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Surviving a Sunburn

September 12, 2012 by  
Filed under Uncategorized

by Mommy MD Guide Jennifer Hanes, DO

A sunburn can be miserable, but these tips will help you recover quicker with less pain. Prevention is always the best cure, such as wearing sunscreen amd protective clothing and remaining in the shade. However, if you or your child have been burned, there are simple home treatments to help.

The most important tip is to stay hydrated. This means drinking lots of water, juice, and sports drinks. For grownups, don’t drink alcohol as it is a diuretic. The sunburned skin loses a lot of water through evaporation, and your body requires additional fluids to heal the damaged areas. Sunburns can often be associated with mild nausea, which is often relieved by properly hydrating. Unless you have been advised by your doctor to restrict your fluid intake, most people benefit by doubling their daily amount of liquid. If you usually drink six glasses of water a day, for a severe sunburn you should be getting around 12 glasses of fluid. The best way to gauge adequate intake is by monitoring your urine color. If it appears yellow, you need to drink more water. In a well-hydrated body, the urine should be almost clear. For children, be creative to encourage fluids. Try offering them slushies, snow cones, popsicles, and smoothies.

For discomfort caused by the sunburn, over-the-counter aspirin is usually the best relief for adults. However, aspirin should be avoided for children.  For children, ibuprofen or acetaminophen is recommended for pain relief. As always, follow the directions and warnings on the label.

For immediate relief, aloe vera applied to the skin often helps take away the sting of the burn. The gel consistency is preferable to thick lotions because the gel allows your skin to properly cool. If you experience any blisters do not open them. They serve as a cushion while the skin under the blister heals. Be gentle with them and allow them to help your body recover from the burn. When the blisters open, apply an antibiotic ointment, such as bacitracin, to help remain free of infection. Any foul smell, purulent drainage, increasing pain or redness should be evaluated by your physician.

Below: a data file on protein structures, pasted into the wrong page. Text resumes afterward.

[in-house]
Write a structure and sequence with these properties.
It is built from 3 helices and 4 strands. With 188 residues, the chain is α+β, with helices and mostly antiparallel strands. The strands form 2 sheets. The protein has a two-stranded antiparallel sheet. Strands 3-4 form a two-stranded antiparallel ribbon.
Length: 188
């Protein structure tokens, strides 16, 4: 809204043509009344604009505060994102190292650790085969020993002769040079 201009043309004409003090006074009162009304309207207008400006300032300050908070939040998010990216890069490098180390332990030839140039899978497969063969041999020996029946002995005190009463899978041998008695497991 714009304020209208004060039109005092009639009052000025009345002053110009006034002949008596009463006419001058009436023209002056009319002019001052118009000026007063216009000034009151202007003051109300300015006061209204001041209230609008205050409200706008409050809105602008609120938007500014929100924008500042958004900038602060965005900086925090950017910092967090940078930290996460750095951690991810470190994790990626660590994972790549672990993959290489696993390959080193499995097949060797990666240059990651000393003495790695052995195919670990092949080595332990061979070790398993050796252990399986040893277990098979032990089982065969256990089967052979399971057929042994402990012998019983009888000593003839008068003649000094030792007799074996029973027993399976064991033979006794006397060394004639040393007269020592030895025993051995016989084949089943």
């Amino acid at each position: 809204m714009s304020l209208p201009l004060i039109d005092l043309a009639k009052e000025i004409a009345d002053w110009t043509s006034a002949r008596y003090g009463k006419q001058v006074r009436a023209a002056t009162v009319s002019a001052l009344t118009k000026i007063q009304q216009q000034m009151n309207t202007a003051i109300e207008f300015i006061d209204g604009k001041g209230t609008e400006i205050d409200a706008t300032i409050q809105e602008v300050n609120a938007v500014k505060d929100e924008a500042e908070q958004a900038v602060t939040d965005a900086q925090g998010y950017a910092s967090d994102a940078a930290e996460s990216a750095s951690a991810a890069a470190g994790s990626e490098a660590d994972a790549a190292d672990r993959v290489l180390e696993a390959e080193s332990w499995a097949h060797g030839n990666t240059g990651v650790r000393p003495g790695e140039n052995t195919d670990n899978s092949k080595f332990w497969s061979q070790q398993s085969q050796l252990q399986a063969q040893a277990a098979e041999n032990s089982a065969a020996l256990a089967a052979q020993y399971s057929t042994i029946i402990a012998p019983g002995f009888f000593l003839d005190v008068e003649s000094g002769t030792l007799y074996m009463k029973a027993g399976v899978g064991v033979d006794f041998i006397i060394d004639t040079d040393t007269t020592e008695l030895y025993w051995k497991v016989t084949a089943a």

You may also find relief by using an over-the-counter steroid cream, such as 1% hydrocortisone, to help with itching and discomfort. This cream should only be used for a few days and is only recommended for adults and children over three years of age. If your child is younger than three and has a sunburn causing discomfort you need to contact your physician.

When else should you call your doctor about a sunburn? Always call 911 for fainting, changes in vision, or seizures. If your pain or nausea is not controlled with over-the-counter medications, you should also seek medical attention from your physician. The greater the area of the sunburn increases the likelihood you may experience more symptoms like nausea, dehydration, headache and even slight fever, thus for large burns you should also seek medical treatment.

It is imperative to avoid direct exposure in the sun while you are healing from a burn. Be extra careful on cloudy days as the clouds may reflect the light, increasing the sun exposure. Also be aware of being close to bodies of water or sitting by a metal surface (like a canoe) because they can also increase the sun’s effects as well.  And next time, prevent the burn.

Bio: Dr. Jennifer Hanes is a board certified emergency and forensic physician in Austin, Texas. She shares her motherhood journey through Mommy MD Guides. She has lost 70 pounds, and she outlines those secrets in her eBook, Lady In Weighting. You can learn more at www.DrHanes.com


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The information on MommyMDGuides.com is not intended to replace the diagnosis, treatment, and services of a physician. Always consult your physician or child care expert if you have any questions concerning your family's health. For severe or life-threatening conditions, seek immediate medical attention.